Ebola Screenings to Begin at Newark; Medical Workers Near JFK Ready for Ebola - NBC New York

Ebola Screenings to Begin at Newark; Medical Workers Near JFK Ready for Ebola

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    Under the Tucson Sun
    U.S. Customs and Border Protection

    Customs agents and health officials at Newark International Airport will begin taking the temperatures of passengers from three West African countries Thursday as it and other airports in the tri-state and across the country step up efforts to screen passengers for the Ebola virus.

    Federal health officials said the entry screenings, which began Saturday at John F. Kennedy International Airport on Saturday, add another layer of protection to halt the spread of the disease that has killed more than 4,000 people worldwide this year.

    Airports in Chicago, Washington and Atlanta will also begin screening efforts for passengers traveling from or through Liberia, Sierra Leone or Guinea Tuesday. Customs officials say that about 150 people travel daily to the United States from those countries, and nearly 95 percent of them land first at JFK, Newark or the other three airports.

    Public health workers use no-touch thermometers to take the temperatures of the travelers from the three Ebola-ravaged countries; those who have a fever will be interviewed to determine whether they may have had contact with someone infected with Ebola. There are quarantine areas at each of the five airports that can be used if necessary.

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    At New York Hospital Queens near JFK Airport, doctors and nurses say they're prepared for Ebola and that an isolation area has been set up next to the emergency department for any suspected cases.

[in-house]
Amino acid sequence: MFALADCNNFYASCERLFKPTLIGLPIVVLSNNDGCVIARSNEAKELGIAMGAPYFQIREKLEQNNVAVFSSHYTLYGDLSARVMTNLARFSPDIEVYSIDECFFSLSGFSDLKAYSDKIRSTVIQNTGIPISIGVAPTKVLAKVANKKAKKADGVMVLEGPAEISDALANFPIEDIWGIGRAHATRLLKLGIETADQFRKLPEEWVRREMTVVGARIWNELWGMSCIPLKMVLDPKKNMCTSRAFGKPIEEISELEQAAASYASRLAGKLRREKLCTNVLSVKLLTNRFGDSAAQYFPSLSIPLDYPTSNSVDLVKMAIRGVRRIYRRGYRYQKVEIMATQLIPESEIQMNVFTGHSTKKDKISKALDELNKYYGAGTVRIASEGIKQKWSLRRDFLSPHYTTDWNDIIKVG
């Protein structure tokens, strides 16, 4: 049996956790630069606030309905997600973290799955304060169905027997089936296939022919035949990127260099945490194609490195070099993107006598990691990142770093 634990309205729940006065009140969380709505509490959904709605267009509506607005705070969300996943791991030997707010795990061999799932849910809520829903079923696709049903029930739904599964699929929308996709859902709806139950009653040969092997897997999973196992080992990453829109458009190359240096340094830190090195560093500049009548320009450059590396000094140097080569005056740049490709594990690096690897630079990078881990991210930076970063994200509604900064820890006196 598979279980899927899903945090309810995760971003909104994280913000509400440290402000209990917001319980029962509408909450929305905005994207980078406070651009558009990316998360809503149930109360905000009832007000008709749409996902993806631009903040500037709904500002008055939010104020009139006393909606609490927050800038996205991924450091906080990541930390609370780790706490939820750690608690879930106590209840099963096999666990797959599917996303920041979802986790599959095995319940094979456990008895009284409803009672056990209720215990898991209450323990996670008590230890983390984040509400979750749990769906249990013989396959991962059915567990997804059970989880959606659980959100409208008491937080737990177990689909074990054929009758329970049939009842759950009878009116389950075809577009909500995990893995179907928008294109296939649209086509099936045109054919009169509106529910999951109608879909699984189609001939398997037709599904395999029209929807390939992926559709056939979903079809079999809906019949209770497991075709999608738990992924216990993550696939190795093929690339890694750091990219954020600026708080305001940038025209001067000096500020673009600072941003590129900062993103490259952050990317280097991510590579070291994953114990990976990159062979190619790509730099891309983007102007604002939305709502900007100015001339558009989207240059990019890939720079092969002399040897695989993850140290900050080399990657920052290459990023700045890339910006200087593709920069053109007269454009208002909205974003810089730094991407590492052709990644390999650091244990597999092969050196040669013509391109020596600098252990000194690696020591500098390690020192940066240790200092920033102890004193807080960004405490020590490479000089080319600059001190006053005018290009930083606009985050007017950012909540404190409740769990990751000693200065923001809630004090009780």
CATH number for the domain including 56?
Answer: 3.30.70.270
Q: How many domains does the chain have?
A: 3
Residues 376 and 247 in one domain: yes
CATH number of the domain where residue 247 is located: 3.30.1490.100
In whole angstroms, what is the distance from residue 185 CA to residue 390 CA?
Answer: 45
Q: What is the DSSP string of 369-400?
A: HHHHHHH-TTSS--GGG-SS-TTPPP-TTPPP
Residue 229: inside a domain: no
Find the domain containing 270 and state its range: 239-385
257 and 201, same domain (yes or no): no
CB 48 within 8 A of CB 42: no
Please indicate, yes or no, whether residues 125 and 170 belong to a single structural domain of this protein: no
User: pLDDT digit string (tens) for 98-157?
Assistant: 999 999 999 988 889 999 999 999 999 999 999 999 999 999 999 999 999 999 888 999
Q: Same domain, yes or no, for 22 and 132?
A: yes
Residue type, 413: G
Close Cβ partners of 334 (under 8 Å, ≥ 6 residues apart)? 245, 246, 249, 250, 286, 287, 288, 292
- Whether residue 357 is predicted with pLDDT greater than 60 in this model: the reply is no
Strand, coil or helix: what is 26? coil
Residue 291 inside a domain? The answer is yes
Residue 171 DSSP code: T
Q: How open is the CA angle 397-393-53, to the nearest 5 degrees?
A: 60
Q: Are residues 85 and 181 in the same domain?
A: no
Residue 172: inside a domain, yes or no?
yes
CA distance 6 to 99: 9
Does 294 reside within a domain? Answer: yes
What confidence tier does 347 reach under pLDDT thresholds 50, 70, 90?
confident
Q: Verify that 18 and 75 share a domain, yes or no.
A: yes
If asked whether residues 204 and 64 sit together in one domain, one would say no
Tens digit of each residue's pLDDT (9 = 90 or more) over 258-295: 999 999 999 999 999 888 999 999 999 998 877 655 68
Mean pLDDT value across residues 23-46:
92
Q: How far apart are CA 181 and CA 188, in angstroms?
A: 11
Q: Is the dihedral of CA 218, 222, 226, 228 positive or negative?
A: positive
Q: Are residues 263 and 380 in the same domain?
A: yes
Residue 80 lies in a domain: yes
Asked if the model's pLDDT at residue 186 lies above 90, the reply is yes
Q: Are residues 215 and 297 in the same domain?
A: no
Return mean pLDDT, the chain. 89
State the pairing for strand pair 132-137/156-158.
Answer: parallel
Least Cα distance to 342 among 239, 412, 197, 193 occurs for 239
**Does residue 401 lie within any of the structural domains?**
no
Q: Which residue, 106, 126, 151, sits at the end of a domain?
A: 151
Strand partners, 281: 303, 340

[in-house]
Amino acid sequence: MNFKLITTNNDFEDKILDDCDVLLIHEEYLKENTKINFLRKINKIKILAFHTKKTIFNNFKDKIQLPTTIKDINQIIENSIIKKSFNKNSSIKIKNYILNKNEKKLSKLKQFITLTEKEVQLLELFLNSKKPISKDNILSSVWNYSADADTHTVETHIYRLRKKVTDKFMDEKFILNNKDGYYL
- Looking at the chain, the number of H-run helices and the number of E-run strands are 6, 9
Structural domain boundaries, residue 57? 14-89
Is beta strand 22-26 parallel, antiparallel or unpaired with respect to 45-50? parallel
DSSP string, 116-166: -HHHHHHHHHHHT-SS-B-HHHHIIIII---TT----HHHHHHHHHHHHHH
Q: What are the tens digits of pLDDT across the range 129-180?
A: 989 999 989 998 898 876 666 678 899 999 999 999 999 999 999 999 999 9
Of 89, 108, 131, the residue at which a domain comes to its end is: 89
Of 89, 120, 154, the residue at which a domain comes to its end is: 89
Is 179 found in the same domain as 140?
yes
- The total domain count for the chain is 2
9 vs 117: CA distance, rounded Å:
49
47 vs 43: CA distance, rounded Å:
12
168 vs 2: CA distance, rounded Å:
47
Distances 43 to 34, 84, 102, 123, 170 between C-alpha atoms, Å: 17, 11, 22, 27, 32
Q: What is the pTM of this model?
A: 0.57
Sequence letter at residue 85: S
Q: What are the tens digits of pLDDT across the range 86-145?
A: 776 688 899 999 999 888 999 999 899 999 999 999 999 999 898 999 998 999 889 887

"We believe we're as prepared as we can be. We're practicing our preparedness every day," said Dr. Mark Kindschuh, head of the emergency department at New York Hospital Queens. 

    Emergency services Director Suzanne Pugh said the hospital is training nurses by sending in volunteers who pretend to be Ebola patients to see if nurses follow the correct protocols.

    One health care worker has been infected with Ebola in the United States: Nina Pham, a nurse at a Dallas hospital who cared for Thomas Eric Duncan, the only person who has died of Ebola in the U.S. Pham has not been able to point to any specific breach.

    Dr. Sorana Segal-Maurer, director of the infectious diseases division at the New York Hospital Queens, said staff members there are performing drills to make sure there are no breaches of safety procedures.

    "We're continuing to review all our standards to make sure we're adhering to the latest standards from the New York City Department of Health," she said.

    The Queens hospital is about eight miles from Kennedy airport, which over the weekend began screening travelers from the three West African countries most affected by Ebola — Liberia, Guinea and Sierra Leone.

    There are no direct flights to the U.S. from the three countries, but Homeland Security officials said last week they can track passengers back to where their trips began, even if they make several stops. Airlines from Morocco, France and Belgium are still flying in and out of West Africa.

    Kindschuh said any patient arriving at the hospital with symptoms who has recently traveled to one of those countries will be given a mask and taken to the isolation area.

    President Barack Obama has said the new screening measures are "really just belt and suspenders" to support protections already in place. Border Patrol agents already look for people who are obviously ill, as do flight crews.

    Health officials expect false alarms from travelers who have fever from other illnesses. Ebola isn't contagious until symptoms begin, and it spreads through direct contact with the bodily fluids of patients.

    The extra screening at U.S. airports probably wouldn't have identified Thomas Eric Duncan when he arrived from Liberia last month because he had no symptoms while traveling.

    The World Health Organization said Tuesday that West Africa could see up to 10,000 new infections a week within two months if the world's response to the crisis isn't stepped up.

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